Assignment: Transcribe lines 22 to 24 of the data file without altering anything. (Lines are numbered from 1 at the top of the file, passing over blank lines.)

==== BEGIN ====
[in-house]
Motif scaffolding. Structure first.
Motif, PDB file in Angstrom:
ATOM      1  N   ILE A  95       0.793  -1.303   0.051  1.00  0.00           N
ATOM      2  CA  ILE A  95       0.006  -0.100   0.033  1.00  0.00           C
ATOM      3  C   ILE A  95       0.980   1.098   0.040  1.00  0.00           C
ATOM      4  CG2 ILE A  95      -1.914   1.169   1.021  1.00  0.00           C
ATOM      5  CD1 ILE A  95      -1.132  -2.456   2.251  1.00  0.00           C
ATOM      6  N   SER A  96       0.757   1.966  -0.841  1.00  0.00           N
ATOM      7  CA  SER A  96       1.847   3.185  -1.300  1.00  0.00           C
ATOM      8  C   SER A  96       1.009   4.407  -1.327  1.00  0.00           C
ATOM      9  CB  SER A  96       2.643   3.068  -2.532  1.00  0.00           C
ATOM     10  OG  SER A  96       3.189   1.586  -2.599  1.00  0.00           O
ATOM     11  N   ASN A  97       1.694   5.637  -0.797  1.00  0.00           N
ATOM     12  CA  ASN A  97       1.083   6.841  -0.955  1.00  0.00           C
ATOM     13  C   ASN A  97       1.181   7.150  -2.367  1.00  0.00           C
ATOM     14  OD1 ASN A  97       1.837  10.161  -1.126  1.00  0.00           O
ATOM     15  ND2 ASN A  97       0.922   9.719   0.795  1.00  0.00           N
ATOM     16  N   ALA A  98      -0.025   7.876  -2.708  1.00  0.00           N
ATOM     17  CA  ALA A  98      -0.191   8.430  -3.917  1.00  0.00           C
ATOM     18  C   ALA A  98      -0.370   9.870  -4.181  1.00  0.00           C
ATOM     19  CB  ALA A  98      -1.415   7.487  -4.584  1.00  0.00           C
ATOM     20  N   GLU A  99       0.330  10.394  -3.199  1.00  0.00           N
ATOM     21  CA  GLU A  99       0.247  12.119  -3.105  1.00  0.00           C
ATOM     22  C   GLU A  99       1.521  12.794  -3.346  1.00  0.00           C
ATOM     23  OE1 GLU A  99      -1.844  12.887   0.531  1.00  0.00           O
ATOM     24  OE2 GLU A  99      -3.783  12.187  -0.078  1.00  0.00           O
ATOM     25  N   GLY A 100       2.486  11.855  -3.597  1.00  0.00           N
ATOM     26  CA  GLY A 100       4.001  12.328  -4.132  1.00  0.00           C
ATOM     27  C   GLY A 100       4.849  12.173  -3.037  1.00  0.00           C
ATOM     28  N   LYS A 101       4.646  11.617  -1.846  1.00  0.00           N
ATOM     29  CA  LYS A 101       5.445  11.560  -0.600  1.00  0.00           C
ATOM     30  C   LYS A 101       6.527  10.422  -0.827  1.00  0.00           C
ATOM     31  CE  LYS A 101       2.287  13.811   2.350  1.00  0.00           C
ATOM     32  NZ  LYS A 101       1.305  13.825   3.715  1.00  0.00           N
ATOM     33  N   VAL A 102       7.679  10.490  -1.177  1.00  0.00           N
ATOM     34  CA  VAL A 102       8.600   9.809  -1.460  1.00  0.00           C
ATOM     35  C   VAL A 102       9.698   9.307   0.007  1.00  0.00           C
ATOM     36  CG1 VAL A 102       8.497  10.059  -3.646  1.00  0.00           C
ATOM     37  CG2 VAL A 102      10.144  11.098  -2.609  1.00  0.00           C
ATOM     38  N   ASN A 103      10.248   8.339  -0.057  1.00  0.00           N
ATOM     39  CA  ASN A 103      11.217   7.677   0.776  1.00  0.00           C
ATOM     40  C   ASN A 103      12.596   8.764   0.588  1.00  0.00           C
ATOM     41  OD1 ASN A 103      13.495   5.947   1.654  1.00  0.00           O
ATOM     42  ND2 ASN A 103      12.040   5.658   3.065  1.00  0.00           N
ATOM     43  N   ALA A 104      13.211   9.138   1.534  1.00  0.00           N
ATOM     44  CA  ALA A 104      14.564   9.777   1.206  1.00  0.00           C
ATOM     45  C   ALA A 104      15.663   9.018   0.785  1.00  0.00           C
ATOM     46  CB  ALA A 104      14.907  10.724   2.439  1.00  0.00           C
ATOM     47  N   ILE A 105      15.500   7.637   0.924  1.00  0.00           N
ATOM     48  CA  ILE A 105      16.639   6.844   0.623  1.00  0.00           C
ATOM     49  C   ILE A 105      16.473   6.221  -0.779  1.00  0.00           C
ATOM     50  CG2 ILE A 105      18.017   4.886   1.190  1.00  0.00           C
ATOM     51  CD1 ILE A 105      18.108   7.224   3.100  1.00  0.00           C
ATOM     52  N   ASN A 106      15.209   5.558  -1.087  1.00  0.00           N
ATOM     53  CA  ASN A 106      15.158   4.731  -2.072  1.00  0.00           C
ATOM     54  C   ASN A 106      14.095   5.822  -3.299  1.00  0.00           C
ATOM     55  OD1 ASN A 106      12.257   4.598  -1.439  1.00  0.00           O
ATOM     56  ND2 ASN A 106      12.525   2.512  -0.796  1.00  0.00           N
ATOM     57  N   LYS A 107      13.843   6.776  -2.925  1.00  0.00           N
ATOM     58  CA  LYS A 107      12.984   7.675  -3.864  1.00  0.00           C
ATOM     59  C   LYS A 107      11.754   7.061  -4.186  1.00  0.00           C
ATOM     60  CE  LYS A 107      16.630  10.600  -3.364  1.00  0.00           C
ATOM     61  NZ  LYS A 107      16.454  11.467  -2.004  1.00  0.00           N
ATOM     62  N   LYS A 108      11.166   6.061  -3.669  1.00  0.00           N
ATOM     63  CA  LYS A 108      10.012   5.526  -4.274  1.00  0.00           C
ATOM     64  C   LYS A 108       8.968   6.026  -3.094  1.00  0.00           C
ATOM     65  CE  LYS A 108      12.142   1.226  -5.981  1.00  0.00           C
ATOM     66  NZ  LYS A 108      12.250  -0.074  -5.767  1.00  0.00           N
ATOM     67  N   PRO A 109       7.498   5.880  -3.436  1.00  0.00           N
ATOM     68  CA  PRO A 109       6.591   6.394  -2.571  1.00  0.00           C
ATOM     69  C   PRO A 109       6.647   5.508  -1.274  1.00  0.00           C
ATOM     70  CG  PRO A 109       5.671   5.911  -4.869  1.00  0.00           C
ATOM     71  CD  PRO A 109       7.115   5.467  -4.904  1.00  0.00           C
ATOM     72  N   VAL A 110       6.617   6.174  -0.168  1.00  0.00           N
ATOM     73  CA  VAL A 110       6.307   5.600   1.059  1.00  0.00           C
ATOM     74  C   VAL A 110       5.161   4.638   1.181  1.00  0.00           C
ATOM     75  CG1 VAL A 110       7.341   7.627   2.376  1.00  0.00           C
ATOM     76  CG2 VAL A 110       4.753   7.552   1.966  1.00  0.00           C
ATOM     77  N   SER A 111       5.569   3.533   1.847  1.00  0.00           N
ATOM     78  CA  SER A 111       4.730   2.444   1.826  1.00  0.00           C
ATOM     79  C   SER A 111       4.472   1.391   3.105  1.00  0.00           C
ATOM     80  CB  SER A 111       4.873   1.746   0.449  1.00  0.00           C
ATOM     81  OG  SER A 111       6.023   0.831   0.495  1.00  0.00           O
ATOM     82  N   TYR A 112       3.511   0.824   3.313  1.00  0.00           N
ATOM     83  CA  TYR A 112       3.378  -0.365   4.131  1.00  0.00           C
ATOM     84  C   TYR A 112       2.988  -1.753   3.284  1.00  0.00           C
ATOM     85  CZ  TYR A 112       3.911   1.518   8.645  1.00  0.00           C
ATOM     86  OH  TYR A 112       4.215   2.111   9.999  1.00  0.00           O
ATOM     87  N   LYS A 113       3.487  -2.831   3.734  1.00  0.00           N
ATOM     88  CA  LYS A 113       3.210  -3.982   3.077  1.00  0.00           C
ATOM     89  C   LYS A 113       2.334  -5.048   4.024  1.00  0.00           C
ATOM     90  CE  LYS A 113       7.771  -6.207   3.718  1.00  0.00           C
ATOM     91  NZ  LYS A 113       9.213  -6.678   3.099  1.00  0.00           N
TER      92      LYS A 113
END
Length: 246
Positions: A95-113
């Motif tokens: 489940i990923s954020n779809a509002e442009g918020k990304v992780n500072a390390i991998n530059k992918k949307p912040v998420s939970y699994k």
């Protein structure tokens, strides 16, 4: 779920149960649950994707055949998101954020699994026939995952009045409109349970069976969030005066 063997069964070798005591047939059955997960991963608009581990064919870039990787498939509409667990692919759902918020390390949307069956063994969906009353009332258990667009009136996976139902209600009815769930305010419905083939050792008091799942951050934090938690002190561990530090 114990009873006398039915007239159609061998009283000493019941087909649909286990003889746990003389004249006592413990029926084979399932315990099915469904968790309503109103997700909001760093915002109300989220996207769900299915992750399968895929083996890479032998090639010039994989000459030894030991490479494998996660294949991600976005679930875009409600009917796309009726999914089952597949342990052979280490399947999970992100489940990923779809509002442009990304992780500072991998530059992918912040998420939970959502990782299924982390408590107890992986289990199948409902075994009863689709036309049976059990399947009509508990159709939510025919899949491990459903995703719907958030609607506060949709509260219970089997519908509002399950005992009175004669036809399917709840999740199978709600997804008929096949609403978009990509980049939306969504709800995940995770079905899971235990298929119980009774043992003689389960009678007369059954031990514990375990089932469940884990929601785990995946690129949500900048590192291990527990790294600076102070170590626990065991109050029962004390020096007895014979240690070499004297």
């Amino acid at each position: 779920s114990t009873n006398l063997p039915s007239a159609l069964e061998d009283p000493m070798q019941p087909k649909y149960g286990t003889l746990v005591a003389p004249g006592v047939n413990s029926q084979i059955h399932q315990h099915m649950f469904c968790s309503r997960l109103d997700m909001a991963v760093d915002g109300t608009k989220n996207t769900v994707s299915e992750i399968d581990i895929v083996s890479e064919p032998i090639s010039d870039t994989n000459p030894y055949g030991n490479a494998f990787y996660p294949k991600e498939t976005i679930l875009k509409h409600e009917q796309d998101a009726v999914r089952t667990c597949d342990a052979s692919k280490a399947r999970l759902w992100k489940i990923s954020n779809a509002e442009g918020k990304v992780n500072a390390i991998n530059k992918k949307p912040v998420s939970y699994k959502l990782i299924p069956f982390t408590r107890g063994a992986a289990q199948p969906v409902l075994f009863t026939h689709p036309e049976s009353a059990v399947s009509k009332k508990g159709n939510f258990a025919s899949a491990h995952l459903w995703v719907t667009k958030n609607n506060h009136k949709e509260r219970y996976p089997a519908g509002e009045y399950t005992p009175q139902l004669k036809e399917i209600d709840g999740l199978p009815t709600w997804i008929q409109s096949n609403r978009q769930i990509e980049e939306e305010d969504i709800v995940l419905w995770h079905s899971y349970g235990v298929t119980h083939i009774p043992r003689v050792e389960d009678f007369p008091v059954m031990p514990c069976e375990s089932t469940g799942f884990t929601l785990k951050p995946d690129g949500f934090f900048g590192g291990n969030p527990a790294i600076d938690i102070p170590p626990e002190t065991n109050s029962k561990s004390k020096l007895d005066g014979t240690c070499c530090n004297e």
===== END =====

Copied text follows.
ATOM     19  CB  ALA A  98      -1.415   7.487  -4.584  1.00  0.00           C
ATOM     20  N   GLU A  99       0.330  10.394  -3.199  1.00  0.00           N
ATOM     21  CA  GLU A  99       0.247  12.119  -3.105  1.00  0.00           C